Then there is the “no first use” issue. Hatoyama, in praising Obama’s global disarmament initiative, went further by unilaterally suggesting that Washington also forswear the use of nuclear weapons except in response to a nuclear attack from elsewhere. On the face of it, this “moral high road” stance would likely enjoy the support of the majority of Japanese (and perhaps even American) citizens. But let’s phrase it another way: “Should the U.S. assure North Korea that, in the event of a chemical or biological attack against its Japanese ally, it would not respond using all available means?” Leaving a potential enemy wondering about the level of response to an act of hostility is aimed at making him think more than twice about starting trouble in the first place.
Please note that refusing to adopt a “no first use” policy does not mean that the U.S. has a “first use” policy or intends to use nuclear weapons pre-emptively or in response to chemical or biological attacks by North Korea or anyone else. But, for deterrence reasons, it leaves open that possibility. Would Japanese (or American) citizens feel more or less secure if the U.S. limited its options in advance? (Arguing for a “no first use of weapons of mass destruction” policy might make sense, however, but this is another issue and one that should be discussed privately between allies before public pronouncements are made.)
Secretary Gates, in discussing the “secret pact” issue with Defense Minister Toshimi Kitazawa, warned that “We hope that care is taken not to have a negative impact on nuclear deterrence and the bilateral relationship.” The same applies to “no first use.”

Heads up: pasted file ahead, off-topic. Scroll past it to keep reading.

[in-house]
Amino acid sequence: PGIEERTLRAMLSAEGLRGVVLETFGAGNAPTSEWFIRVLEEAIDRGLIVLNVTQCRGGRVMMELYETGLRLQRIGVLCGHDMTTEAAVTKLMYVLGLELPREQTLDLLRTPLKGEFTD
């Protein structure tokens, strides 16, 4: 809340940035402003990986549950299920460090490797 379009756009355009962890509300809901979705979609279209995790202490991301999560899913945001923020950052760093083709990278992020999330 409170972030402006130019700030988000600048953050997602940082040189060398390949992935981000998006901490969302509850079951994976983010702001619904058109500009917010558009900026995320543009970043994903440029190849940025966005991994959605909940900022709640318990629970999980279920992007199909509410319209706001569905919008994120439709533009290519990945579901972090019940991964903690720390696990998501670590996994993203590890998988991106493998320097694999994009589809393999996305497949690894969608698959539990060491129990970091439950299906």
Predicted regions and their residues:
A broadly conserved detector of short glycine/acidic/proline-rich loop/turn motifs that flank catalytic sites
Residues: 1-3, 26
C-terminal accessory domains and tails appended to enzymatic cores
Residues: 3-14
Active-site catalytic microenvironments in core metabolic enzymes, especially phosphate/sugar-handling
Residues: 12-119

Gates’ mention of the extended deterrent provides context for this entire discussion. Extended deterrence is the cornerstone of the U.S-Japan security treaty, which is in turn the foundation of the two countries’ security strategies. It is remarkable to us that the new government in Tokyo would risk threatening that core of the alliance at the very time when conversations in Tokyo reveal growing concern about the credibility of the U.S. commitment to Japan’s defense.
Several Japanese interlocutors have even suggested that Japan consider revising the three principles by dropping the one forbidding the introduction of nuclear weapons as a cure for the lack of confidence and to add an extra level of deterrence in the face of North Korea’s demonstrated nuclear weapons and ballistic missile capabilities. We are not suggesting that Japan needs to change its three principles — that is a decision for the Japanese alone to make — but the DPJ’s demand for transparency has the potential to poison alliance discussions and raise even more doubts about the glue that binds the two alliance partners.